If you watch Taylor Wicksell of Netflix’s SpringOne Platform keynote you can’t help but be blown away by the sheer productivity of their engineering team. Last year, over 300 Spring-based apps went into production – an incredible achievement.

Taylor Wicksell of Netflix’s SpringOne Platform Keynote

What Can Your Enterprise Learn From Netflix?

At Netflix, Taylor and his Java Platform team own the Java developer experience (DevEx). Taylor’s team has one mission: to help Netflix’s engineers stay productive – delivering great code at great velocity. It’s a mission that is clearly proving successful.

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Announcing: The NEW Spring Website!

Spring is constantly evolving and always innovating while being consistent where it matters: delivering a reliable framework to help you build maintainable software, faster. In the last few years, the Spring contributors have worked hard to bring the predictable Spring experience to microservices, serverless, streams, reactive, batch, data, and new languages like Kotlin. Over the coming year, you’ll see many more examples of this, including some cool new features that we’re just dying to share with you.

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Simple Event Driven Microservices with Spring Cloud Stream

Event driven architecture is great. But without a framework, writing the scaffolding required to work with popular event messaging platforms can be messy. In this post we’ll take a look at how Spring Cloud Stream can be used to simplify your code.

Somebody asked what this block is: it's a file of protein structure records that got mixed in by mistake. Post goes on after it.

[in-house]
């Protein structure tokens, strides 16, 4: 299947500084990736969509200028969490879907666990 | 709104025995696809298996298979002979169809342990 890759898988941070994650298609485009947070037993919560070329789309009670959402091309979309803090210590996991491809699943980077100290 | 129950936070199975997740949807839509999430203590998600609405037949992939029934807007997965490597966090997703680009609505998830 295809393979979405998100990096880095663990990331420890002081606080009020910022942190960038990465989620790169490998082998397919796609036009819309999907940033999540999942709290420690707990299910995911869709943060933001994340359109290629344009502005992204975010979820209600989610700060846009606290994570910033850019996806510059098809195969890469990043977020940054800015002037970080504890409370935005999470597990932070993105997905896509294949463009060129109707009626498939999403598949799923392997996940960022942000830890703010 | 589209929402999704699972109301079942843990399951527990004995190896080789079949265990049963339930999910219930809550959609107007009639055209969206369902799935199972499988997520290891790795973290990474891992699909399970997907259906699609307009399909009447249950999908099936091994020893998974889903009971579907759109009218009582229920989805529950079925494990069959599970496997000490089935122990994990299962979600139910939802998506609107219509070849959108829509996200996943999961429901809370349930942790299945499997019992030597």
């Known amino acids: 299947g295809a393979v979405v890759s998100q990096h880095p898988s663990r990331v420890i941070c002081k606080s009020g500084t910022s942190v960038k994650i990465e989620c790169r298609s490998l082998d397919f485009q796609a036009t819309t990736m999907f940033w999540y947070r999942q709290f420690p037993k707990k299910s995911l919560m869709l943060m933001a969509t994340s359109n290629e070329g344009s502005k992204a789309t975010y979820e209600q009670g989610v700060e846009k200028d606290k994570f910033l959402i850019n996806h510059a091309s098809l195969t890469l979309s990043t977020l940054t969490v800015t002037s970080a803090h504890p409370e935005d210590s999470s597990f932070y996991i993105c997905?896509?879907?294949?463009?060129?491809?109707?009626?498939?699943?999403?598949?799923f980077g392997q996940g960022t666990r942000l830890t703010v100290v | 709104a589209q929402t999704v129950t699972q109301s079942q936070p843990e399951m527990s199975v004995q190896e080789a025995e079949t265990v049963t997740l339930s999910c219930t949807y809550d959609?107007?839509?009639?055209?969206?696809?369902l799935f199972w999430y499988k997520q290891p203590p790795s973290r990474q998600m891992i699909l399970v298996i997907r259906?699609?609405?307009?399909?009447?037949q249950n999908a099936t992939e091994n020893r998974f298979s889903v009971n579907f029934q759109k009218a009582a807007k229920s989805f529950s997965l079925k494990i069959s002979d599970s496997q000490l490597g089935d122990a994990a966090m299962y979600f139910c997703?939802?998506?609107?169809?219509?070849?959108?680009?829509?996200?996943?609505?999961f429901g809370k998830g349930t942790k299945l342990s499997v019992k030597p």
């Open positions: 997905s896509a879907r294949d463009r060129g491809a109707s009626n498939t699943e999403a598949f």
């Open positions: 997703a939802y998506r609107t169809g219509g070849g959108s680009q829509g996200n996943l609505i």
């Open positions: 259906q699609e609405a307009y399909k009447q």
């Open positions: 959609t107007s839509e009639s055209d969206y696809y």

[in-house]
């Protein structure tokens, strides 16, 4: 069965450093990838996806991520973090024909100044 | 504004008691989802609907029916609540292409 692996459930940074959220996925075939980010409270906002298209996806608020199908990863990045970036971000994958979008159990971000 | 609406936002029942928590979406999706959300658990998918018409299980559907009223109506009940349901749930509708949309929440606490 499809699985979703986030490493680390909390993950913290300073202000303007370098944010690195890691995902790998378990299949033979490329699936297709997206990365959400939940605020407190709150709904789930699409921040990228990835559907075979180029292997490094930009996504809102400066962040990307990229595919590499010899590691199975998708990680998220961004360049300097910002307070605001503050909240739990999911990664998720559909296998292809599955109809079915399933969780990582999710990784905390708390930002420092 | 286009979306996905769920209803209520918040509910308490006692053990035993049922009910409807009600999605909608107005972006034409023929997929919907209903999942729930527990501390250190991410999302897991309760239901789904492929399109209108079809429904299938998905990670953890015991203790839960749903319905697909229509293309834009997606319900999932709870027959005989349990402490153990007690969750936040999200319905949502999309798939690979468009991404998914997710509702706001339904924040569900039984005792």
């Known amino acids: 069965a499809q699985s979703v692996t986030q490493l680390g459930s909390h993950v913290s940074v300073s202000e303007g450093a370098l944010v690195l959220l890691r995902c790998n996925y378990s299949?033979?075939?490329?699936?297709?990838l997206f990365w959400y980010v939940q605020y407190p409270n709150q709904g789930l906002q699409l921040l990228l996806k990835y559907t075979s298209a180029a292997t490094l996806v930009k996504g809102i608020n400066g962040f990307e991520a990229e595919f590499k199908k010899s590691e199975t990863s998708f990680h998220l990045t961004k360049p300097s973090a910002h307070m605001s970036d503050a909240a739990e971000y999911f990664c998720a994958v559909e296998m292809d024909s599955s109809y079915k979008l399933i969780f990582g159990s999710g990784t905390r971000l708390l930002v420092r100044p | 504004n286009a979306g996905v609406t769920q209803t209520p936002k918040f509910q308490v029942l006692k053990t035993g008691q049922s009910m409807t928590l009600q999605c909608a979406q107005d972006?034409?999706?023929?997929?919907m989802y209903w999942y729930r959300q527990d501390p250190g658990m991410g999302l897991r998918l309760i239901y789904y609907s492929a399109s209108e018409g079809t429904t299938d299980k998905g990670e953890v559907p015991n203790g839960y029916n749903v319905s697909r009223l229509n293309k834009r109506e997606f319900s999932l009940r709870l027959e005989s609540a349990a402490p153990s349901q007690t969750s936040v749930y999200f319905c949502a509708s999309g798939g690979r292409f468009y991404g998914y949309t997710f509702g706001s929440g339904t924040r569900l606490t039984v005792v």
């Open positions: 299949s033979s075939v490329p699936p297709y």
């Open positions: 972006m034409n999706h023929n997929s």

The Problem

You just want to write logic for your event driven application, but the boilerplate messaging code can get in the way. Connecting your apps to messaging services is tricky, and if you’re an enterprise developer, you probably need to work with multiple messaging technologies (either on-premises or in the cloud).

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Securing Services with Spring Cloud Gateway

So far in this series, we’ve covered Getting Started and Hiding Services with Spring Cloud Gateway. However, when we set about hiding our services, we didn’t secure them. In this article, we’ll correct this.

To secure our services, we’ll use the Token Relay pattern supported by OAuth 2.0 and the Javascript Object Signing & Encryption (JOSE) and JSON Web Tokens standards. This will give our users a means to identify themselves, authorize applications to view their profile and access the secured resources behind the gateway.

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Hiding Services & Runtime Discovery with Spring Cloud Gateway

Ben Wilcock – Spring Marketing, Pivotal.
Brian McClain – Technical Marketing, Pivotal.

It’s rare for a company to want every API to be publicly accessible. Most prefer to keep their services secret by default, only exposing APIs publicly when absolutely necessary.

Spring Cloud Gateway can help. Spring Cloud Gateway allows you to route traffic to your APIs using simple Java™ instructions (which we saw in the last article) or with YAML configuration files (which we’ll demonstrate in this one). To hide your services, you set up your network so that the only server accessible from the outside is the gateway. The gateway then becomes a gate-keeper, controlling ingress and egress from outside. It’s a very popular pattern.

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Getting Started with Spring Cloud Gateway

Microservice architectures are great, but as your application programming interfaces (APIs) start to grow, so do the challenges related to their maintenance.

For example, as an existing API matures and adds new features it will need to take its clients along with it on the journey. When the details of an API change, clients need to adjust in order to work with these changes. This process takes time and can really slow your APIs evolution and interfere with your ability to iterate quickly.

Offering multiple APIs brings with it its own set of challenges. How do you route requests and responses to the correct API? How do you manage any message disparity? How do you support clients when your endpoints can move around?